Dear reader(s),

Here is the first installment of what over time will be a more extensive discussion of the topics I raised in my talk last month at New Valamo. Comments welcome.

“I know what you’re going through” can be one of the hollowest expressions in the English language. It claims a kinship of experience that, ultimately, we may well not have. It is often spoken (or blurted) out of genuine compassion. But it doesn’t speak to the depth of the one who suffers, either as a human being or in the dimensions of their own unique experience. Better, surely, to be silently present with the one who suffers. Words minimize and reduce, rather than acknowledge, the experience of suffering.

Thus I am hesitant to write this. I know that speaking to the mystery of suffering can be an intrusion. But words must, somehow, find their place as well in the experience of suffering. Giving voice to our experience is at the heart of our humanity. By this I don’t mean that everyone who suffers must speak. If words come at all, they must come freely. Theologians sometimes make a distinction between theologia prima and theologia secunda: the content of the faith and its experience versus the second-order reflection on faith done in preaching, theological writing, art, architecture, dance, literature. Inevitably, anything we say about suffering has the character of that kind of subsequent meditation on the reality itself. However, I don’t want to press this distinction too far. In the desire to preserve the otherness of God, and the otherness of our experience of God, theology has created a dualism of experience and expression. That distance can be salutary; but it can also go too far. It can divorce us from our experience. Sometimes we bleed words as we suffer. Perhaps that flow is theologia prima as well.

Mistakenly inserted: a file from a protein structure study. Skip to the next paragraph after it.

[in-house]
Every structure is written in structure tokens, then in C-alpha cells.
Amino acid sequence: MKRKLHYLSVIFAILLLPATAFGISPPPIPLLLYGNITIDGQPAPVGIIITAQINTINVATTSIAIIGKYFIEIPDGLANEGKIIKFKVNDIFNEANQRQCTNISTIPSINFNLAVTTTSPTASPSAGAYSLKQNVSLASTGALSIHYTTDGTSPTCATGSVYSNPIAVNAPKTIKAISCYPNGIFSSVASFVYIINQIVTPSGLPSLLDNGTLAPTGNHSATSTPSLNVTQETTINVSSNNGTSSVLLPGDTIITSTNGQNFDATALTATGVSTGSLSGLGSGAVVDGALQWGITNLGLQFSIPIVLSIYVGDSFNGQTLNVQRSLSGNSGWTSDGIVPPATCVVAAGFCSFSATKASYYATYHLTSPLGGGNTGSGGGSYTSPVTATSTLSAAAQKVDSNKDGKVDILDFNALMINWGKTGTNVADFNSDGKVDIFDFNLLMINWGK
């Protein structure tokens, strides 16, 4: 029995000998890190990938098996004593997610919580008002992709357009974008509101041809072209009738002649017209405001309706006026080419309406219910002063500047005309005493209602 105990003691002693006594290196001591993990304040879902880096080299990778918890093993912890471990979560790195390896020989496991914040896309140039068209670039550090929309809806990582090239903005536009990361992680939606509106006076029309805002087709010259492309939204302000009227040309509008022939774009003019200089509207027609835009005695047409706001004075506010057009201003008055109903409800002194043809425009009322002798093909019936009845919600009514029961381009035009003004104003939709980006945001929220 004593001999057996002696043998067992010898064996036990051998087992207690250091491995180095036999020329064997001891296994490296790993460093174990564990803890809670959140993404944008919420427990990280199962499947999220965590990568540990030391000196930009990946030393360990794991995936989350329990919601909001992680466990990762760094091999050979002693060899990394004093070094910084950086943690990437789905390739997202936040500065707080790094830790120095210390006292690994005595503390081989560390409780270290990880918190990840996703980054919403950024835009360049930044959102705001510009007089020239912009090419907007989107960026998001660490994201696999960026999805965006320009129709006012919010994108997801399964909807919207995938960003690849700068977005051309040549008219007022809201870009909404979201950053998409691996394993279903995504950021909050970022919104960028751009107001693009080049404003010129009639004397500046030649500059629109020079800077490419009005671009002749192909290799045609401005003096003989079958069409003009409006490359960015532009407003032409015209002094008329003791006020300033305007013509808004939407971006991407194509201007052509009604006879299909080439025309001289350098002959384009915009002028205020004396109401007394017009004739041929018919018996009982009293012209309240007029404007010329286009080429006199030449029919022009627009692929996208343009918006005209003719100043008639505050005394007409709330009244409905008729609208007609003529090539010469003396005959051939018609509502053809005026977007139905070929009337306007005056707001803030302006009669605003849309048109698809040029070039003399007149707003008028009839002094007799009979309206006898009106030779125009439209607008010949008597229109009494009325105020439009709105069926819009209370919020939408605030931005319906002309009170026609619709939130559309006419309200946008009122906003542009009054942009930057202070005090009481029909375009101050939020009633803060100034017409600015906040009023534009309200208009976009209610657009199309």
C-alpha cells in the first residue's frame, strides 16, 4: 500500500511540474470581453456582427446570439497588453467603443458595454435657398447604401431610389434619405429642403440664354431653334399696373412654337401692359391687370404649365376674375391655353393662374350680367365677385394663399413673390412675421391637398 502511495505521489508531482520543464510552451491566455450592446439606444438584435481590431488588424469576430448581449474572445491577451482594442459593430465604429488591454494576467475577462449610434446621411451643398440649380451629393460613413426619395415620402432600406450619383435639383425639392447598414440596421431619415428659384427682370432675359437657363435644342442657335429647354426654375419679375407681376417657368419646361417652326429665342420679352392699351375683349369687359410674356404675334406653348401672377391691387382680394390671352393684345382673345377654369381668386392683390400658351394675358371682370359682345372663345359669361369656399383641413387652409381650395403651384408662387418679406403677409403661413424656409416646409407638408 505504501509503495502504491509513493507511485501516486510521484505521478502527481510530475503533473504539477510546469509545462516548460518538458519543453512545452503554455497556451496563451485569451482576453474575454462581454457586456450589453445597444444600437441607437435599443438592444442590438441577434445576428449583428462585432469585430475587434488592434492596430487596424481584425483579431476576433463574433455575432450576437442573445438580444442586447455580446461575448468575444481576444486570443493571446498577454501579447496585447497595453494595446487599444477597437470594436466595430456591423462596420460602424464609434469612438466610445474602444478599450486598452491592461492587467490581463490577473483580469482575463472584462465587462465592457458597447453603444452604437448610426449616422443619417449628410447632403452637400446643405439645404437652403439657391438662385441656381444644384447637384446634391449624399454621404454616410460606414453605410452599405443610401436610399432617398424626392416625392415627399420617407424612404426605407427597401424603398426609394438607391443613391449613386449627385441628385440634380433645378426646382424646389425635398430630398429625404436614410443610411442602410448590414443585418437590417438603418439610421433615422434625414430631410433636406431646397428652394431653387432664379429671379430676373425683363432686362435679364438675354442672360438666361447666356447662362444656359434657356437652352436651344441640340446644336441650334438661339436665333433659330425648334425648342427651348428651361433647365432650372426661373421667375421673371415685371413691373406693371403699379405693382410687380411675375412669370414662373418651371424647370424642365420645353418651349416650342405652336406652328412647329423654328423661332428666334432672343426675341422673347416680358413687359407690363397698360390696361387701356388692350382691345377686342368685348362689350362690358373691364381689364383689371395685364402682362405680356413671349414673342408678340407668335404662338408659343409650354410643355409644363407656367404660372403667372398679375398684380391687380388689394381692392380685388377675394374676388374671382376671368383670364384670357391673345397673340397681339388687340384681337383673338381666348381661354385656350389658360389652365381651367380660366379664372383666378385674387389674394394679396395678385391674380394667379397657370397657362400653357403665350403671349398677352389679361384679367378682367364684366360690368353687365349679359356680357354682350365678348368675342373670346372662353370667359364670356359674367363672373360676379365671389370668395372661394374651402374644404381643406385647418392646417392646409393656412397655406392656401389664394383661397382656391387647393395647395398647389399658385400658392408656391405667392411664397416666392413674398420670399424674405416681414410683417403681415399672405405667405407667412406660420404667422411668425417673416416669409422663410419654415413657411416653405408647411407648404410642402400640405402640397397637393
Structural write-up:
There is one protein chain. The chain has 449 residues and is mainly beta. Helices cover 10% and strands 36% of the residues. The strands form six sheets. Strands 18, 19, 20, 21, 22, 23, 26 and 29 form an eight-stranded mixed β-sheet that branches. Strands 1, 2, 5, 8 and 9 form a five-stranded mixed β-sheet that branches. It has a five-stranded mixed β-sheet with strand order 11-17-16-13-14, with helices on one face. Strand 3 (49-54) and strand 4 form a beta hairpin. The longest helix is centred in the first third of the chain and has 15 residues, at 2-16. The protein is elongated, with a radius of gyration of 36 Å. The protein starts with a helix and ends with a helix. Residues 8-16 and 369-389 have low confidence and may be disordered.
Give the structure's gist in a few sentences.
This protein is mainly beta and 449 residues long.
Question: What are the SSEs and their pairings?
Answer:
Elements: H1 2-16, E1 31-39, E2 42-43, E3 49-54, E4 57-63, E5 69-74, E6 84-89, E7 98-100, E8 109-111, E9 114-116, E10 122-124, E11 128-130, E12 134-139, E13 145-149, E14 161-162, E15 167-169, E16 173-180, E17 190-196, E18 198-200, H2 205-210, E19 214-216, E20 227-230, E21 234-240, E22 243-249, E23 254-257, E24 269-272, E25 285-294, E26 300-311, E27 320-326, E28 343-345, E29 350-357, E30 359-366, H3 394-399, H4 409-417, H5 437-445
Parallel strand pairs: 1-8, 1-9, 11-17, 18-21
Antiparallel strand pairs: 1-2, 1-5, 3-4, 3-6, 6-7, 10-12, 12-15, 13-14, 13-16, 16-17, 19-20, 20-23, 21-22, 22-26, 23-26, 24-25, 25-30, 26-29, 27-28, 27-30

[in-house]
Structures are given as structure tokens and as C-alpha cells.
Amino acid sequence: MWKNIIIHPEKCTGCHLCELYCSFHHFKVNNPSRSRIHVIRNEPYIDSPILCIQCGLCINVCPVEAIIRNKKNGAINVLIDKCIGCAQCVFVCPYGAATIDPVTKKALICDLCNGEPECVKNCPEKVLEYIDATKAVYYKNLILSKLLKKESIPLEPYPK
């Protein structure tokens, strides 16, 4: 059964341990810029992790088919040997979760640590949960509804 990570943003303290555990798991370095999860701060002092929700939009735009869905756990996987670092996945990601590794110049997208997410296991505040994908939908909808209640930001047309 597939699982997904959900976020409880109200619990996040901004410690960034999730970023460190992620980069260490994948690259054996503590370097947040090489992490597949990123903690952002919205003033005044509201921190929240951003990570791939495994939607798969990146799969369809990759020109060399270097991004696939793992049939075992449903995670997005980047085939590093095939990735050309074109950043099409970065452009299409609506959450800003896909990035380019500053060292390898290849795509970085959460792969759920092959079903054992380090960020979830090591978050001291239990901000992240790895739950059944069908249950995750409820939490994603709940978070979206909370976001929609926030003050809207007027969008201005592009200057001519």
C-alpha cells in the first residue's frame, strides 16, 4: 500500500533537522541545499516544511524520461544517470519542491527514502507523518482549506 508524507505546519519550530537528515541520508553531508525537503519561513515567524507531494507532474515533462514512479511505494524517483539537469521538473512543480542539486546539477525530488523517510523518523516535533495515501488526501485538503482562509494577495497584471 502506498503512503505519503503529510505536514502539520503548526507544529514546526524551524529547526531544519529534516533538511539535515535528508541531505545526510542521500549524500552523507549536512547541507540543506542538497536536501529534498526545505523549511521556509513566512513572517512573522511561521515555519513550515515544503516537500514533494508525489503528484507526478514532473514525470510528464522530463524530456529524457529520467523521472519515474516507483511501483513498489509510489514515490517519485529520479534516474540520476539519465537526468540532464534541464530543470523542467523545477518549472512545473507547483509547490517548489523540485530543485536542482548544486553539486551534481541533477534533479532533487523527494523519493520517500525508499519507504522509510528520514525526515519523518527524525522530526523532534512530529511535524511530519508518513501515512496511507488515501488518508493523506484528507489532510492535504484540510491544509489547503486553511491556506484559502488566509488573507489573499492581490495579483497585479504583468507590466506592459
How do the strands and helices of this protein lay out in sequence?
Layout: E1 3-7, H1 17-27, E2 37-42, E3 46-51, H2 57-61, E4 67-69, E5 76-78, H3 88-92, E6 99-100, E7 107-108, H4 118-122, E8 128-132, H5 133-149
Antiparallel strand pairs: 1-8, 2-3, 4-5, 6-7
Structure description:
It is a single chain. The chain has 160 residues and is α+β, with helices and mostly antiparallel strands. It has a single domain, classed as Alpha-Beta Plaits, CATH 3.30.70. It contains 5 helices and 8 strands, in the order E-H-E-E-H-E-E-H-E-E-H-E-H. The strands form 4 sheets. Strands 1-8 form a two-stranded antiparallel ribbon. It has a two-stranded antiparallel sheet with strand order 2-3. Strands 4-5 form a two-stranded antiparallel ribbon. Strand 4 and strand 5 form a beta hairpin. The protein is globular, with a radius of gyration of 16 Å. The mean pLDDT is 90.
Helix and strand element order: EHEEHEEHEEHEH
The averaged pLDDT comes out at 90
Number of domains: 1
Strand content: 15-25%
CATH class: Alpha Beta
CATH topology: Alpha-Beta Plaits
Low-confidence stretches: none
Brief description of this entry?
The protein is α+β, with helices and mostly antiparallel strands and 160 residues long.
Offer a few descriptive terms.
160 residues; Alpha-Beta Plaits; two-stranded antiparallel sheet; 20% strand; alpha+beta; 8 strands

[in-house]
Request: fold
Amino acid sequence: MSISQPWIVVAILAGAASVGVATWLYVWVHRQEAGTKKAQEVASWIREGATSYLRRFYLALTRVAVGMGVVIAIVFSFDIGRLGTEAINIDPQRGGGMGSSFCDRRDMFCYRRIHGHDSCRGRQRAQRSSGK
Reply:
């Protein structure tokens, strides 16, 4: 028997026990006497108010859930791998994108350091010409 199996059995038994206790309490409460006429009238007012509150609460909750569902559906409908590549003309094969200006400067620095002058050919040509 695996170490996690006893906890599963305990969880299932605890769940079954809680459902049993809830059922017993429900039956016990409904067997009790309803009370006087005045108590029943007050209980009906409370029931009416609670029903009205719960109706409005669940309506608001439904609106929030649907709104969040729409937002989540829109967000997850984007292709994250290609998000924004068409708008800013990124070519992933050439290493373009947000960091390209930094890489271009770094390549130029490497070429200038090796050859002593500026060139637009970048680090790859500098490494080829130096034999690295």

What follows is an extended meditation on the Eucharist and its relationships to suffering. I recognize the immensity of the topic, and claim no grandiose project to provide “answers” to questions whose resolution is beyond words. I offer no more than a series of reflections on an inexhaustible subject. I’ll be using ritual theory, history of Christian and Jewish liturgy, exegesis of scripture, and a little bit of literary criticism in my discussion. Behind these reflections is a lecture on the Eucharist and suffering I gave at an international course on diakonia at the Valamo Institute, Heinävesi, Finland, on 21 March 2015. As has all too often been the case, there I presented my ideas in very condensed form which needed much more time to unpack. My thanks to the Valamo Institute, and to the organizers of the course, for giving me the opportunity to give the initial lecture and the chance to ponder these questions.

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